What Happened to Them? The fates of some of the characters in Nightfall in Paris.
Updated: Mar 6, 2021
Real-life characters who did not survive the Revolution:
King Louis XVI went to the guillotine in January 1793; Marie-Antoinette followed him in October 1793. Their son, the Dauphin Louis-Charles (to royalists, King Louis XVII upon the death of his father) died in prison. (Only the oldest child of the family, Marie-Therese, survived the Revolution. She died in 1851.)
Charlotte Corday murdered Jean-Paul Marat (the radical journalist and editor of The Friend of the People) in his bath on July 13, 1793. Four days later, she went to the guillotine. The radical phase of the Revolution—the “Reign of Terror” ended in July 1794 when a coup overthrew and sent to the guillotine Maximilian de Robespierre and the remaining radicals. By then, many figures of the “Second Revolution” deemed to be too moderate had already been guillotined: Georges Danton (April 1794) and Camille Desmoulins (April 1794).
Others who went to the guillotine: Olympe de Gouges (November 1793); Jean-Sylvain Bailly (November 1793); and Antoine Lavoisier (May 1794). The judge at the Abbaye prison tribunal, Stanislas Maillard was arrested during the Reign of Terror and died in prison of tuberculosis.
Real-life characters from the novel who survived:
Marquis de Lafayette fled to Austrian territory in August 1792 and remained a prisoner of the Austrians and then the Prussians until his release in 1797. He returned to the US in 1824 to great acclaim as the “Hero of Two Revolutions.” He died in France in 1834. At his father’s request, Lafayette’s son sprinkled soil from Bunker Hill over his grave.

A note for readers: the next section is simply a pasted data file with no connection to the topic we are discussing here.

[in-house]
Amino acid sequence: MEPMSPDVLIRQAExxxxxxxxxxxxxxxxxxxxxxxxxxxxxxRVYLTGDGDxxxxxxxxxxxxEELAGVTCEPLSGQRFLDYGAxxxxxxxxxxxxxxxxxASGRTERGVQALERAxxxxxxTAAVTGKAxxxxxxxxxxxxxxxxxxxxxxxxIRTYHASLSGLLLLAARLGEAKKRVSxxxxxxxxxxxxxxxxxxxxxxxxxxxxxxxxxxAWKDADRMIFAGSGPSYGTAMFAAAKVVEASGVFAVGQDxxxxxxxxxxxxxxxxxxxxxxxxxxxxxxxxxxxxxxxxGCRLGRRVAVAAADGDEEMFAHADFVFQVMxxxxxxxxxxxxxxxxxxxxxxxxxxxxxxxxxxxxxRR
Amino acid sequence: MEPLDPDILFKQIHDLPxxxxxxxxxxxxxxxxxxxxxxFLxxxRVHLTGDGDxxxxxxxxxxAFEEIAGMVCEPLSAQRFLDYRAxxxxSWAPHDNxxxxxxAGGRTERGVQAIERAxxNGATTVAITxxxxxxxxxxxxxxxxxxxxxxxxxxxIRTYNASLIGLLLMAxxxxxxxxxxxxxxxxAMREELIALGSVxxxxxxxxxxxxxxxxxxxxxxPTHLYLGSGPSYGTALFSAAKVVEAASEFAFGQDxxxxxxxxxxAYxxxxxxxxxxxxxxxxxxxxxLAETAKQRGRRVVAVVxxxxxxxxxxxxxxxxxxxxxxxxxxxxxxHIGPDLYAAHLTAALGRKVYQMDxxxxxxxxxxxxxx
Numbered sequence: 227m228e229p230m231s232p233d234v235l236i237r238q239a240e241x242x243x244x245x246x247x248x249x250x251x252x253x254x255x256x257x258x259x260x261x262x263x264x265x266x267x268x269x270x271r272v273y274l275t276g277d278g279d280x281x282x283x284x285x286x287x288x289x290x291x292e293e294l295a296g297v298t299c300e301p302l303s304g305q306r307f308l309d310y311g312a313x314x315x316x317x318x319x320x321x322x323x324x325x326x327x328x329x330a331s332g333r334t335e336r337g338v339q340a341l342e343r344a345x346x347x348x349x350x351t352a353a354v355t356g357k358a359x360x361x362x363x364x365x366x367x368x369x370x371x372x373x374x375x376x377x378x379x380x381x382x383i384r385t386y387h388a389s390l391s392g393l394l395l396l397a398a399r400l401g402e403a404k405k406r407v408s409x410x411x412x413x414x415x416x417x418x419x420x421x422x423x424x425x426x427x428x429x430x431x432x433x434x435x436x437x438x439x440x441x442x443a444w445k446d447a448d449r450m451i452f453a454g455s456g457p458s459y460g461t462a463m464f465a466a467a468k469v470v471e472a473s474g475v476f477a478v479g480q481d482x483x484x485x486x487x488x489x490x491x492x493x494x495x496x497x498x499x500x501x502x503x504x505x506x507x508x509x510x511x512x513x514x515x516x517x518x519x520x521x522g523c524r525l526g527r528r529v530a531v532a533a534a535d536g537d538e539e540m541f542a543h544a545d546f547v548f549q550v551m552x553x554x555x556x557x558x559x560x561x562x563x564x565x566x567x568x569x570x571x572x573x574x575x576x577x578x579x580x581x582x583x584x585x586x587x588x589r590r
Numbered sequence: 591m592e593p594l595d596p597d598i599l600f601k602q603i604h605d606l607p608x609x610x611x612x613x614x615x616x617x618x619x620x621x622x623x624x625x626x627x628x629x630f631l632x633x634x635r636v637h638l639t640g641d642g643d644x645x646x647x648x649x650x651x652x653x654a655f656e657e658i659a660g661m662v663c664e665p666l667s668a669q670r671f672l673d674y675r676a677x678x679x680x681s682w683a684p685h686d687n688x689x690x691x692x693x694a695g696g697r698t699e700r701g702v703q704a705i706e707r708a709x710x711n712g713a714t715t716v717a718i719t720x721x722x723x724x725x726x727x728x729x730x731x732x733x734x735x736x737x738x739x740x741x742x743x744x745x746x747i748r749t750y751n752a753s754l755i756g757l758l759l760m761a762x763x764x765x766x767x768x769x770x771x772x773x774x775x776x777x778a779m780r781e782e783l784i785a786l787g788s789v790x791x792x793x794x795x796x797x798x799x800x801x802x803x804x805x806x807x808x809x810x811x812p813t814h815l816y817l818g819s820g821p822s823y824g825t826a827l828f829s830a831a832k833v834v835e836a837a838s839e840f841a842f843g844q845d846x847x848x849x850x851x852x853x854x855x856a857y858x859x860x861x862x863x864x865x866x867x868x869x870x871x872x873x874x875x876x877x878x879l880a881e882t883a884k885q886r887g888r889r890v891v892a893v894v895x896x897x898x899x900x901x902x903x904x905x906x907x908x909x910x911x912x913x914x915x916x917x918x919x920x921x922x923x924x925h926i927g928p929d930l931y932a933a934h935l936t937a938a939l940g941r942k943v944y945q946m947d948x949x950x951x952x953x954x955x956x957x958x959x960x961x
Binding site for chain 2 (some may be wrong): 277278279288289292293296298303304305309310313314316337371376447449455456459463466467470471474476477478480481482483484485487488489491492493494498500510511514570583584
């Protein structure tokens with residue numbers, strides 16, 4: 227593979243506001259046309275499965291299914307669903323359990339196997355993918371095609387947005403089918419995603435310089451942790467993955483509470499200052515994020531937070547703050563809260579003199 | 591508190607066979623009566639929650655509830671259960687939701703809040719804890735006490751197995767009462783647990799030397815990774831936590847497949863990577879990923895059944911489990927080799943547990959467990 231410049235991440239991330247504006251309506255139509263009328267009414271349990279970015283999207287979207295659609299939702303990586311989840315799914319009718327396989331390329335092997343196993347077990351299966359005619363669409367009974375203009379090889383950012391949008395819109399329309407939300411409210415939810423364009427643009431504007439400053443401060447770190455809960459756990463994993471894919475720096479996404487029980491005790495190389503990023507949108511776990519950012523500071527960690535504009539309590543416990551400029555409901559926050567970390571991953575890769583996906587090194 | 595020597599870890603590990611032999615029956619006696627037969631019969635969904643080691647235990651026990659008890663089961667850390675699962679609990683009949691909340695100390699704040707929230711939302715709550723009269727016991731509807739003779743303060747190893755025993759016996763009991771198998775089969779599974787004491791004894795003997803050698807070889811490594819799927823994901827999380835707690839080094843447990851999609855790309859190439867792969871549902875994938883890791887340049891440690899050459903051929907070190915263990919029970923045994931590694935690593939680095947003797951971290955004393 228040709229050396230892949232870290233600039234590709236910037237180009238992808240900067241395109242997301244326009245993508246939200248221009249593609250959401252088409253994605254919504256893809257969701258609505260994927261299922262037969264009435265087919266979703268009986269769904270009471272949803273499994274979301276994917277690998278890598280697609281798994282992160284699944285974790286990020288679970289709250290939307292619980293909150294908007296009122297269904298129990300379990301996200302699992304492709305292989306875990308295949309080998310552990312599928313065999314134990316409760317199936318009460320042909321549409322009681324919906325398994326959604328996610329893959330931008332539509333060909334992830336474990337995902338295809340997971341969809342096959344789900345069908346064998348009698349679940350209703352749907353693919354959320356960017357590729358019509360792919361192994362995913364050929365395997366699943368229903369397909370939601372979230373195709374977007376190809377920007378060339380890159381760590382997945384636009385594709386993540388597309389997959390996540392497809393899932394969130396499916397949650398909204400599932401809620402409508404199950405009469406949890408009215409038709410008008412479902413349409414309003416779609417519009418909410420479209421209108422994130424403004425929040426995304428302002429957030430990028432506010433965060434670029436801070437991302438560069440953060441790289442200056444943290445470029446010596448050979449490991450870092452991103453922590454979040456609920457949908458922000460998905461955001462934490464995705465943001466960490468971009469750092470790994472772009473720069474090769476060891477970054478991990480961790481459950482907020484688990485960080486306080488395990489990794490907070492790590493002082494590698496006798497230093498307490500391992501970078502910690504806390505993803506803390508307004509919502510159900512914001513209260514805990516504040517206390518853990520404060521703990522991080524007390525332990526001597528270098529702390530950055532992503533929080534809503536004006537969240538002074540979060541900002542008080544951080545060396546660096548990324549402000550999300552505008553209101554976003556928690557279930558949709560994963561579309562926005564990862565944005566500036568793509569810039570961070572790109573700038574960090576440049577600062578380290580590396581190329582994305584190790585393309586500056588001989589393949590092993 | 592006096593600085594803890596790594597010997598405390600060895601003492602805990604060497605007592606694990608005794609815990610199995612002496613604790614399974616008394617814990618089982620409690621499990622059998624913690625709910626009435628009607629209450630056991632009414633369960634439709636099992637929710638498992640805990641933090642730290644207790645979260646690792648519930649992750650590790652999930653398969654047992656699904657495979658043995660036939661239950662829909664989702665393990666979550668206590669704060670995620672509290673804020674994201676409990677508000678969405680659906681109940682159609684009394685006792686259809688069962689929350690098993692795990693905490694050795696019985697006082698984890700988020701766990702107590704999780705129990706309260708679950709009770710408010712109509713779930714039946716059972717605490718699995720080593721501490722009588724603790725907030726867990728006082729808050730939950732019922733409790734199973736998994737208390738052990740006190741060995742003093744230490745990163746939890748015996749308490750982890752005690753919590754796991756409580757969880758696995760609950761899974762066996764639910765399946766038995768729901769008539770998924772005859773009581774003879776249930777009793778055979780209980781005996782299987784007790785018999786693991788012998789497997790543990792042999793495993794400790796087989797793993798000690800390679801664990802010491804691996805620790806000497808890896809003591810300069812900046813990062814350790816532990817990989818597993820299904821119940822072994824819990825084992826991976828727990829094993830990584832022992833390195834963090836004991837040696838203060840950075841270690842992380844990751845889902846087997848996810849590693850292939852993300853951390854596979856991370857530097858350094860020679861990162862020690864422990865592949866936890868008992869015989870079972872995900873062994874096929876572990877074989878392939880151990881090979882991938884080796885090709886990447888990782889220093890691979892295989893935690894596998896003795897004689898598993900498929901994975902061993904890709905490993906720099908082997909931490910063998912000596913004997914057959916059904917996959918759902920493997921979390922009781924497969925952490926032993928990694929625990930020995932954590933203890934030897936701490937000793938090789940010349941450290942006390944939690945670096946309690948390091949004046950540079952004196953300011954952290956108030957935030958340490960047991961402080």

Lucie de Gouvernet, later the Marquise de la Tour du Pin (Theo's fictional friend; he quotes her observation: "I fear we are all dancing to the precipice). She spent much of the Reign of Terror in hiding and fled France in March 1794 (living briefly on a farm outside Albany in upstate New York). Her husband survived; her father and father-in-law both went to the guillotine. She left behind a captivating memoir of her life and times (The Memoirs of Madame de la Tour du Pin) and died in 1853 at the age of 83.
Francois Jourgniac De Saint-Meard (the real-life cellmate of the fictional Francois at the Abbaye Prison). He was a captain in the French army and wrote a harrowing memoir of his captivity at the Abbaye (My Thirty-Eight Hours of Agony). He died in Paris in 1827.
I appropriated the characters Sir Percy Blakeney and Marguerite St. Just and others who help in the rescue of Francois (Sir Andrew Ffoulkes and Sir Anthony Dewhurst). What happens to them next can be discovered by reading Emma (the Baroness) Orczy’s classic novel of the French Revolution, The Scarlet Pimpernel.